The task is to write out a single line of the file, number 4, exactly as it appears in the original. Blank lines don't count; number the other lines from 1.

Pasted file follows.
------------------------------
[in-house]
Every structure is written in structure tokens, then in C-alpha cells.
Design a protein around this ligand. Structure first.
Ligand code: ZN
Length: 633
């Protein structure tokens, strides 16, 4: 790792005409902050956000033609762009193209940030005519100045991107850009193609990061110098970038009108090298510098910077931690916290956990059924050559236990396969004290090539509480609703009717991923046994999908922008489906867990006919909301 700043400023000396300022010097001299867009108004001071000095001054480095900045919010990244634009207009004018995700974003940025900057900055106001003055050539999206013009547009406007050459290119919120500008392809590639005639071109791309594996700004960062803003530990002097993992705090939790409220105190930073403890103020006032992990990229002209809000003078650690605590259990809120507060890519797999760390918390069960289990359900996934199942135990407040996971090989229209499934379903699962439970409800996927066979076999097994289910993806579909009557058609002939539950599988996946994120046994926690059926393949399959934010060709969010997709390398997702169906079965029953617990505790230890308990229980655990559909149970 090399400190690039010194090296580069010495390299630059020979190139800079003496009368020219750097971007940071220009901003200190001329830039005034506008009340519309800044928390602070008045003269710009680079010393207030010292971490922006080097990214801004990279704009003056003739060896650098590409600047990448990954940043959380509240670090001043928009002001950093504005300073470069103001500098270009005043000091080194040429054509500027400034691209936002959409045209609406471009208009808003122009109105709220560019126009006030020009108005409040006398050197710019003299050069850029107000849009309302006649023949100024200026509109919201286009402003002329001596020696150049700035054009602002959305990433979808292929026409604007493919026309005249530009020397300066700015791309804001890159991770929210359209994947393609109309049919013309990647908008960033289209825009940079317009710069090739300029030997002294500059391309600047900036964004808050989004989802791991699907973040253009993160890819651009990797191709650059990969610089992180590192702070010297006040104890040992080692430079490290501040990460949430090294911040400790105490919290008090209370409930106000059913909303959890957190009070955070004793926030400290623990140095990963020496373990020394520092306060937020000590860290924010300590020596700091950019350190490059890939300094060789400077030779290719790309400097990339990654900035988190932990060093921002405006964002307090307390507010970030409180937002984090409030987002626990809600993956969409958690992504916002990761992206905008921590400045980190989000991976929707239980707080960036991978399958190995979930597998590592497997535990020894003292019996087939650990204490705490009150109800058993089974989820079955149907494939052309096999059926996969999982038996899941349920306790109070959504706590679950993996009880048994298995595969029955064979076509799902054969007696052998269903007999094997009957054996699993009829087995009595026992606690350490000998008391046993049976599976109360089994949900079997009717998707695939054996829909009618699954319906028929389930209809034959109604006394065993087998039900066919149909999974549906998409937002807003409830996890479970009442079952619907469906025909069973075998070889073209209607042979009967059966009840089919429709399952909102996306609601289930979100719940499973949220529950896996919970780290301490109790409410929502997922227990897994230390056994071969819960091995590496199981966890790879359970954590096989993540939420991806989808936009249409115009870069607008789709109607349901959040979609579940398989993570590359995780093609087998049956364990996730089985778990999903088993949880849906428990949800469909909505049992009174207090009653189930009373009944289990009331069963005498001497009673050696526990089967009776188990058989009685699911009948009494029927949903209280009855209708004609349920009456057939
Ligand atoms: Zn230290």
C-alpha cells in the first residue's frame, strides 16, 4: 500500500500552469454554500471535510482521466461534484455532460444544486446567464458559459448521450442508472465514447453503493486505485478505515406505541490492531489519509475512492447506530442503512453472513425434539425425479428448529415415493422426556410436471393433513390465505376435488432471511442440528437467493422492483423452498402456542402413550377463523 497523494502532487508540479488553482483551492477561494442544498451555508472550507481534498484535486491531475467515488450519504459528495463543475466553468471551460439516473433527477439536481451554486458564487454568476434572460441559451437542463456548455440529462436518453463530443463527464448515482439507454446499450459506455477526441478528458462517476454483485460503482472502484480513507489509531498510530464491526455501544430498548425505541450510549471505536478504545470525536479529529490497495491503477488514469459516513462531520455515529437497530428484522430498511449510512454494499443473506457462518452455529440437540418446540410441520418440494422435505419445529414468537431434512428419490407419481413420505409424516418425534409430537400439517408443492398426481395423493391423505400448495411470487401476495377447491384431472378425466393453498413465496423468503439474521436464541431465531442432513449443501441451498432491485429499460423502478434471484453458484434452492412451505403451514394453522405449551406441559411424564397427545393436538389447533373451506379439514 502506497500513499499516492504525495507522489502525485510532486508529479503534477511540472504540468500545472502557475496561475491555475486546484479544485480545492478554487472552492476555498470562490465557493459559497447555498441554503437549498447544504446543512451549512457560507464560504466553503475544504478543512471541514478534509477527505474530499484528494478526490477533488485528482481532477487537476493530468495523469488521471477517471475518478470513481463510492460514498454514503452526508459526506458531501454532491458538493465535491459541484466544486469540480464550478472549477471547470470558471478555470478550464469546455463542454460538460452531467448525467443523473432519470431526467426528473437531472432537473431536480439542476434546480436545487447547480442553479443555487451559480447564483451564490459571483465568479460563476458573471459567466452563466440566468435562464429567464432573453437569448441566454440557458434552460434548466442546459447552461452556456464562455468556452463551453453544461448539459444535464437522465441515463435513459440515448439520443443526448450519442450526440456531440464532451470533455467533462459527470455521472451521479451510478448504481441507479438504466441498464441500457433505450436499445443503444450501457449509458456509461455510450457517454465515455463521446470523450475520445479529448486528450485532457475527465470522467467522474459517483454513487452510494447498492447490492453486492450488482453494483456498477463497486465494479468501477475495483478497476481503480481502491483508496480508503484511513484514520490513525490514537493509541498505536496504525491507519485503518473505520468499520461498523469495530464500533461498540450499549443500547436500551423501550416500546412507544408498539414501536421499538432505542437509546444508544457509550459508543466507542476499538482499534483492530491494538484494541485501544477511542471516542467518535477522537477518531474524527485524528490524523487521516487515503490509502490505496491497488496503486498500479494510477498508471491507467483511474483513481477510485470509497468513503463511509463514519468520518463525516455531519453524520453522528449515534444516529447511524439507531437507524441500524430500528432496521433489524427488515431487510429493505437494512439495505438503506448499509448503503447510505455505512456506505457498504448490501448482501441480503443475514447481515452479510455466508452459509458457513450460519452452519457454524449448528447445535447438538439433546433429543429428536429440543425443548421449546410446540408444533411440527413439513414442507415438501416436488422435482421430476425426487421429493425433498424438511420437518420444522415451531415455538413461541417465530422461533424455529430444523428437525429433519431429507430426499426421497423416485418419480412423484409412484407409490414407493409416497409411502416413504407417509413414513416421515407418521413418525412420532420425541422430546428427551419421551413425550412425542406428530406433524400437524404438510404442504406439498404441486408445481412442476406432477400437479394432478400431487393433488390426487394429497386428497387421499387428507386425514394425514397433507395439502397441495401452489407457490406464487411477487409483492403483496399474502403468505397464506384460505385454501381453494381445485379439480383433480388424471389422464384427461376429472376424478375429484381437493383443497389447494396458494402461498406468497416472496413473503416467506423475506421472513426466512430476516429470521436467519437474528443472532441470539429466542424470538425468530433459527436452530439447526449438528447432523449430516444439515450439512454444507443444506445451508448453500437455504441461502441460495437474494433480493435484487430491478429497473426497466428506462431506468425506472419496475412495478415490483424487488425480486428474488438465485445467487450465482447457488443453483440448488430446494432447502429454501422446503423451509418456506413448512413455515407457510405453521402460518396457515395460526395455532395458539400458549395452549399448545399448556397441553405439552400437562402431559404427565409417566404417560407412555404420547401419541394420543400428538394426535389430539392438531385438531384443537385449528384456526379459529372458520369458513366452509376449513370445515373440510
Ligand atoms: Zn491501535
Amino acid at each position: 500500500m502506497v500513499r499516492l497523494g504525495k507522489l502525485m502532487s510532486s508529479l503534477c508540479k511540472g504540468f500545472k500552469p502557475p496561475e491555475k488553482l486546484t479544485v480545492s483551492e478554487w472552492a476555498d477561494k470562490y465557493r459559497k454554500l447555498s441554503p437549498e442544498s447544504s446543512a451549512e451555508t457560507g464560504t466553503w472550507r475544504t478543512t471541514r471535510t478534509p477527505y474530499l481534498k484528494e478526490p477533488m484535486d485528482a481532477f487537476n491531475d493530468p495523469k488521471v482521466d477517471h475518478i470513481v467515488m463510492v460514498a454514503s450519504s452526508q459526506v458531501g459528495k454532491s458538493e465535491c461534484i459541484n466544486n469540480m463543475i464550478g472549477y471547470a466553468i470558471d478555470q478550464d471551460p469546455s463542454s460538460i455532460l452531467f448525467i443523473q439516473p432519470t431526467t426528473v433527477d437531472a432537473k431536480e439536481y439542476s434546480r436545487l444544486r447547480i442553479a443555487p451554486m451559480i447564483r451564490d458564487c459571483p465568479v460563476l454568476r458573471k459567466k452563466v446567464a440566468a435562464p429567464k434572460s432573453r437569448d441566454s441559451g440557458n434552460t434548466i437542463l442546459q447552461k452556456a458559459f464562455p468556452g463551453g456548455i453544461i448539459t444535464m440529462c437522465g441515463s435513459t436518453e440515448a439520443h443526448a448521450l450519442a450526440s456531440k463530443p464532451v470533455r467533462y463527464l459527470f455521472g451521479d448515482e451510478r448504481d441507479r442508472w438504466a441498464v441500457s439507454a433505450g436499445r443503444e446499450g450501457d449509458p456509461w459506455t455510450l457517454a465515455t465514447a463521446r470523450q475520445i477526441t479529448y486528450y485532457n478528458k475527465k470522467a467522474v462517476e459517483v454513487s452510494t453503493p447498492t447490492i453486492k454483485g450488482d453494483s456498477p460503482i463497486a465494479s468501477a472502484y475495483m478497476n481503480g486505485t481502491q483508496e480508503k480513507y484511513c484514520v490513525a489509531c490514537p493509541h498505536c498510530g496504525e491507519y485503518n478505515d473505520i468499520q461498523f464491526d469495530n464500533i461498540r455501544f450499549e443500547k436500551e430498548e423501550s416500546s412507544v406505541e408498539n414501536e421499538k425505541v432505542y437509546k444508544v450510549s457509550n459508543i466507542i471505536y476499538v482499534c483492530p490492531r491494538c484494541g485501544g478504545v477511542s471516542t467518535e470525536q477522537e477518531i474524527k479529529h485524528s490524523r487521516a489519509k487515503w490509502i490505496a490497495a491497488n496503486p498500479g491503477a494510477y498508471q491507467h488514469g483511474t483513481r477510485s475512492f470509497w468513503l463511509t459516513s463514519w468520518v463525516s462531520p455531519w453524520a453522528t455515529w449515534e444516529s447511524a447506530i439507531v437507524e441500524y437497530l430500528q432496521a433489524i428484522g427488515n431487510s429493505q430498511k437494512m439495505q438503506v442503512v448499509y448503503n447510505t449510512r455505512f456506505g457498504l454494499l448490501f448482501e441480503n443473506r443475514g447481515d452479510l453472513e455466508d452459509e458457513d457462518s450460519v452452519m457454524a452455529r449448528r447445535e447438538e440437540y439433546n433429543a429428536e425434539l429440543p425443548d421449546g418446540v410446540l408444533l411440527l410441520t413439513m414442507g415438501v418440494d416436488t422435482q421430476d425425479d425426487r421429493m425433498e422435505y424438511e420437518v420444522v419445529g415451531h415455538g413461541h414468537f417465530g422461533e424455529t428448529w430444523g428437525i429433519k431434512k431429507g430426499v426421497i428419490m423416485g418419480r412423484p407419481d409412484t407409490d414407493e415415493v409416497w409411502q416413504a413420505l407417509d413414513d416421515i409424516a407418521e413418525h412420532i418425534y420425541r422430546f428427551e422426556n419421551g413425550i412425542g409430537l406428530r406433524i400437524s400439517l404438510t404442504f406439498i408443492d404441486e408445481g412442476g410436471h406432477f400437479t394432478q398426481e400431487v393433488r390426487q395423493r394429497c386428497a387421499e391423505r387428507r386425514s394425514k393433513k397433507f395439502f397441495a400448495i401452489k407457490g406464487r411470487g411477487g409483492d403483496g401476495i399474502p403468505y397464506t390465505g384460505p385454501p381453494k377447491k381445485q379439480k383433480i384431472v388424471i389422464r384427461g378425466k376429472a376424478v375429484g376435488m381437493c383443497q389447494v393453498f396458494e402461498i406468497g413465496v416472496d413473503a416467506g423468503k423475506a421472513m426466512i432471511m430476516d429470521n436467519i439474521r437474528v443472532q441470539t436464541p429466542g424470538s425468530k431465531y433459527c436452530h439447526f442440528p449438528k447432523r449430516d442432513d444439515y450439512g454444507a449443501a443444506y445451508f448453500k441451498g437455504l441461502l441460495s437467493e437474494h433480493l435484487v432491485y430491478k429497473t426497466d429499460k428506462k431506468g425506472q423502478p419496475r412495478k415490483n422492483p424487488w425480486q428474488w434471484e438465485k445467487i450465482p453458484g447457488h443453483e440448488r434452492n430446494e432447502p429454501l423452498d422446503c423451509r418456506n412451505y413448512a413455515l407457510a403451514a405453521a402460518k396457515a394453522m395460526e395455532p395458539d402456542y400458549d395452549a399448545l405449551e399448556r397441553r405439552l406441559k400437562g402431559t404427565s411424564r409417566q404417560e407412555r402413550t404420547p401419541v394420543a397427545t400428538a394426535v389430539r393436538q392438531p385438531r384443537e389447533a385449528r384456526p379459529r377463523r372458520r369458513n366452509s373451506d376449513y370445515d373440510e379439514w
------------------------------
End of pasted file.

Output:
Ligand code: ZN